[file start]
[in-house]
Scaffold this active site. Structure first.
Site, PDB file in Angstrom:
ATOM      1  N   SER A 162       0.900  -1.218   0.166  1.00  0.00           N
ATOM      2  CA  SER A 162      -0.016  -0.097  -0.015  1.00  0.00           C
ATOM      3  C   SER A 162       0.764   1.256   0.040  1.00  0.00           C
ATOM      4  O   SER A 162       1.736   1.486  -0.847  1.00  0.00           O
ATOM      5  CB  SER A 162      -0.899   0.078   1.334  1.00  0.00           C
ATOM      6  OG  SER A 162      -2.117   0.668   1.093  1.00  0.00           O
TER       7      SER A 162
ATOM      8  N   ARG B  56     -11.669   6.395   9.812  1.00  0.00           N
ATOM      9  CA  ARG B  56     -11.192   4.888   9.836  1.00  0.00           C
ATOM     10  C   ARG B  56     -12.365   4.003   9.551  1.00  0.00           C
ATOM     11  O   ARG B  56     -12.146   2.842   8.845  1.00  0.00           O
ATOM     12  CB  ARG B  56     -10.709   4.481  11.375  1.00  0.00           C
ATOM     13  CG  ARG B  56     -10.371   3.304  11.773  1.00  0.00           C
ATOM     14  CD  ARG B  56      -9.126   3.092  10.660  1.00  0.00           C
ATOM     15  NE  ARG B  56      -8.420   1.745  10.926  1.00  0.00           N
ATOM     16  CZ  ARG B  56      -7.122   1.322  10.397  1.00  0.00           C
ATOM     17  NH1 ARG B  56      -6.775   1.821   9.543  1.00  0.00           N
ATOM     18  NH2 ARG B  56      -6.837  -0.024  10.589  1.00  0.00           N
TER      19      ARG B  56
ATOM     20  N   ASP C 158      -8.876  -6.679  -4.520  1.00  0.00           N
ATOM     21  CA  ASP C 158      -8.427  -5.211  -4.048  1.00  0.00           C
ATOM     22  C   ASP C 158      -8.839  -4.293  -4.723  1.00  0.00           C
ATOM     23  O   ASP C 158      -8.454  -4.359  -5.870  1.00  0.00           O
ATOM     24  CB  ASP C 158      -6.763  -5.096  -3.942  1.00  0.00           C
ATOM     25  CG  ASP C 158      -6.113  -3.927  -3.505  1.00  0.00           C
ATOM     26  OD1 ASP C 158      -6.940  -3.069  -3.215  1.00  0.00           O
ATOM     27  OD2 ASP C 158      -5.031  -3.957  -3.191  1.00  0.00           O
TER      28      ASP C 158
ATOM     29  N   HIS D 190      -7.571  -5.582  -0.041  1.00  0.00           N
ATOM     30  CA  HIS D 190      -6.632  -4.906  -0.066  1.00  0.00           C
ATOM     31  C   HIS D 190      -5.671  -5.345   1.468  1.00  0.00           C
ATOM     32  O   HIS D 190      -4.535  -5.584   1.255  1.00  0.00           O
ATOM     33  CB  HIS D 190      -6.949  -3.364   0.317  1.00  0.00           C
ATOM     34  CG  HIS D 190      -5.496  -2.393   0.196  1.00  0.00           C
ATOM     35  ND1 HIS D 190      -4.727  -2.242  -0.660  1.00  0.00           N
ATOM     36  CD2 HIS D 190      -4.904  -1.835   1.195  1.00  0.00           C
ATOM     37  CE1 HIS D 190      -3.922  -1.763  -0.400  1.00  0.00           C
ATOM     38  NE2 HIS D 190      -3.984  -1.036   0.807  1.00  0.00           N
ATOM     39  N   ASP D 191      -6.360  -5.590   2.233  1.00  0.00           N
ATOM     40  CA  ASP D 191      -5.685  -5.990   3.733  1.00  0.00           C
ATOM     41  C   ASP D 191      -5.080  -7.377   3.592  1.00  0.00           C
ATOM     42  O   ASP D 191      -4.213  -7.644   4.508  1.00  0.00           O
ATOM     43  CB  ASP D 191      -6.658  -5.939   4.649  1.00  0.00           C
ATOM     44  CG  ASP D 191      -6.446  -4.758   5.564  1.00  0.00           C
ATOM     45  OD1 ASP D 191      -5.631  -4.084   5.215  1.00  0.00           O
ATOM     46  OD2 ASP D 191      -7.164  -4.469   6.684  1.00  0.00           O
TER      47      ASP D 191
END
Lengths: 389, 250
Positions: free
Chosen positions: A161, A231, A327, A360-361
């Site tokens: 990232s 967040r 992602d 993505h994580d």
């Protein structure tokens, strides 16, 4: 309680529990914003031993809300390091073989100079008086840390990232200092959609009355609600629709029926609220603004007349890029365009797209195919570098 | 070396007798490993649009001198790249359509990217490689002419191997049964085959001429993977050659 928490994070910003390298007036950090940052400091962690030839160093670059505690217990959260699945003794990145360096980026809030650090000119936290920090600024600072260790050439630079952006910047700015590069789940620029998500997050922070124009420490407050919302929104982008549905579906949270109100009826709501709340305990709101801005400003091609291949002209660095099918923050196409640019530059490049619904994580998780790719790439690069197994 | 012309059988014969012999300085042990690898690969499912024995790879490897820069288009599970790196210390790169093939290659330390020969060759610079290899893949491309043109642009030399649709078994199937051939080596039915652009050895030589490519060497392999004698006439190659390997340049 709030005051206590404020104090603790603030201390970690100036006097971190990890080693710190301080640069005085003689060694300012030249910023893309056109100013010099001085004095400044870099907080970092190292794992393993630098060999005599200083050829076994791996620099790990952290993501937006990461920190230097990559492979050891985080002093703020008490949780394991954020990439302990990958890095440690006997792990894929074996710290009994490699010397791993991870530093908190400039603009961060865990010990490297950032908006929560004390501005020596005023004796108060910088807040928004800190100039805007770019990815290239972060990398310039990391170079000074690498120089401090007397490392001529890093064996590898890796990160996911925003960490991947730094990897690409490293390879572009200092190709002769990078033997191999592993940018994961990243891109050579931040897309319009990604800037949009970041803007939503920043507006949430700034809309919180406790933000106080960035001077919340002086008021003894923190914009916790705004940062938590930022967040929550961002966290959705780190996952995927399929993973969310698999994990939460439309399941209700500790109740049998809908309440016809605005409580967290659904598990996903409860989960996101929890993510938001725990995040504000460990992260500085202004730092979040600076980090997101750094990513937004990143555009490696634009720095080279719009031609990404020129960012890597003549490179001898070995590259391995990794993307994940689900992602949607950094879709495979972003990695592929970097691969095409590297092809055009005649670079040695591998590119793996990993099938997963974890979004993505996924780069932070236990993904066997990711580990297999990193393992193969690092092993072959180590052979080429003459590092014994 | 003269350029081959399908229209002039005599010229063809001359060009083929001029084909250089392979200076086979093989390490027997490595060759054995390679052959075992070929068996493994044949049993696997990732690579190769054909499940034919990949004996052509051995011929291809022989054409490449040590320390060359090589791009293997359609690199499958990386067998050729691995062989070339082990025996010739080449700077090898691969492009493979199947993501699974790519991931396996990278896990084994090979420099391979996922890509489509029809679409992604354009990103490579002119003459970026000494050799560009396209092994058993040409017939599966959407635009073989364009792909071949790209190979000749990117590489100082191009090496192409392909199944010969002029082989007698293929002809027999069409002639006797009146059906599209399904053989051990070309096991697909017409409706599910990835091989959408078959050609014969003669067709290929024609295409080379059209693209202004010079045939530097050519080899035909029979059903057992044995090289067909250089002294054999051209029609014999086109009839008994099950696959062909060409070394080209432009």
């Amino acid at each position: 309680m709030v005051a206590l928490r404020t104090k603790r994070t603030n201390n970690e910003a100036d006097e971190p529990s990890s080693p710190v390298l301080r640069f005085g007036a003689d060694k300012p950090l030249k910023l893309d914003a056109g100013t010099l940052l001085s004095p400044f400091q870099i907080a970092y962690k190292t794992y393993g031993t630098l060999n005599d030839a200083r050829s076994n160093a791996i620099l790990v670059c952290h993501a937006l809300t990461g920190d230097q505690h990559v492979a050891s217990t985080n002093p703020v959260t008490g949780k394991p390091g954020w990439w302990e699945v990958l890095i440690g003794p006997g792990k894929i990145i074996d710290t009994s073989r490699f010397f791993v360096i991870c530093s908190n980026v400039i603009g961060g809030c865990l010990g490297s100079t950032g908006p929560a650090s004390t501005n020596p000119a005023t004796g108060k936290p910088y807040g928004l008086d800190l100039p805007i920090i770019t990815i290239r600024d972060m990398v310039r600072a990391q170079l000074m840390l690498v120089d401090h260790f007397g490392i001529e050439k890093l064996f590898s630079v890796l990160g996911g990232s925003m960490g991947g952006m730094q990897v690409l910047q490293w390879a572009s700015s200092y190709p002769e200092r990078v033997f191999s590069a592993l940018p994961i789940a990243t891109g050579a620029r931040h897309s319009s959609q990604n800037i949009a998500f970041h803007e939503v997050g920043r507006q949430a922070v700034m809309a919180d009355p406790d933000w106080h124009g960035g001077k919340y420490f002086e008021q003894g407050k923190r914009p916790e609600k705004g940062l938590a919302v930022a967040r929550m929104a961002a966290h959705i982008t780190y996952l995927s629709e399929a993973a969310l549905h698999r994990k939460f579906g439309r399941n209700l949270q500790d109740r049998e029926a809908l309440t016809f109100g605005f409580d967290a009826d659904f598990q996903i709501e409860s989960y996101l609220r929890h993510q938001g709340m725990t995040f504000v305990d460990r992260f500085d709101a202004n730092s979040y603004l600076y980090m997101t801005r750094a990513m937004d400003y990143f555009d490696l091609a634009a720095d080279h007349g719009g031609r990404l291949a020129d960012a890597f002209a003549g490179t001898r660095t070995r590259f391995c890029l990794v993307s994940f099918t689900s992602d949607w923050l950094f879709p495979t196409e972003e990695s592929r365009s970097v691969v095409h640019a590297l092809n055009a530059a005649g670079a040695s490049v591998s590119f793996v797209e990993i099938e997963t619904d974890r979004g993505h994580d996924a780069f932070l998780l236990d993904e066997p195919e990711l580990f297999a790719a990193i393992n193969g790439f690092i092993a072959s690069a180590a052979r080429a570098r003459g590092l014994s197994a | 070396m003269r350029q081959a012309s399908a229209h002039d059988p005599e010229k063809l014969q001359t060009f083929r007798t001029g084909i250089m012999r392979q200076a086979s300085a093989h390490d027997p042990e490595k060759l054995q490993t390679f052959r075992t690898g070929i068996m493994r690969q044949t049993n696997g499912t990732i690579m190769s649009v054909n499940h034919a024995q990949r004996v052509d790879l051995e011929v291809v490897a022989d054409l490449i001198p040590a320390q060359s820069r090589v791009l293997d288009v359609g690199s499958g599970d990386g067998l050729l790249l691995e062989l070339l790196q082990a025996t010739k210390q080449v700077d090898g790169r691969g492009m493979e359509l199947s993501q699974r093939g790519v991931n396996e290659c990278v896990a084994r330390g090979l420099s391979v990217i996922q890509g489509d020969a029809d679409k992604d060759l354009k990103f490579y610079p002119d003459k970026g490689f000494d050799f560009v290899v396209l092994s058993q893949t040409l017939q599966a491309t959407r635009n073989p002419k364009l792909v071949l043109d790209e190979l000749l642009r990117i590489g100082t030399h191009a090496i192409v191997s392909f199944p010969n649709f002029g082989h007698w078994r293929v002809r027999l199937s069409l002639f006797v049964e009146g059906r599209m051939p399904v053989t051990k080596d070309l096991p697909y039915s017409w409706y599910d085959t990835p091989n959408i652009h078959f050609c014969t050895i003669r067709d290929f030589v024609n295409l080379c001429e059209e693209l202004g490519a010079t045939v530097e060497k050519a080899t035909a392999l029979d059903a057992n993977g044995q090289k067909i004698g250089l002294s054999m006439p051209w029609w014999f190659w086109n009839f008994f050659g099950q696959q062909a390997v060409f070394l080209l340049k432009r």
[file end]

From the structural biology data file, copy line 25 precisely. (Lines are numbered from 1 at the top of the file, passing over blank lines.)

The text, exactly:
ATOM     22  C   ASP C 158      -8.839  -4.293  -4.723  1.00  0.00           C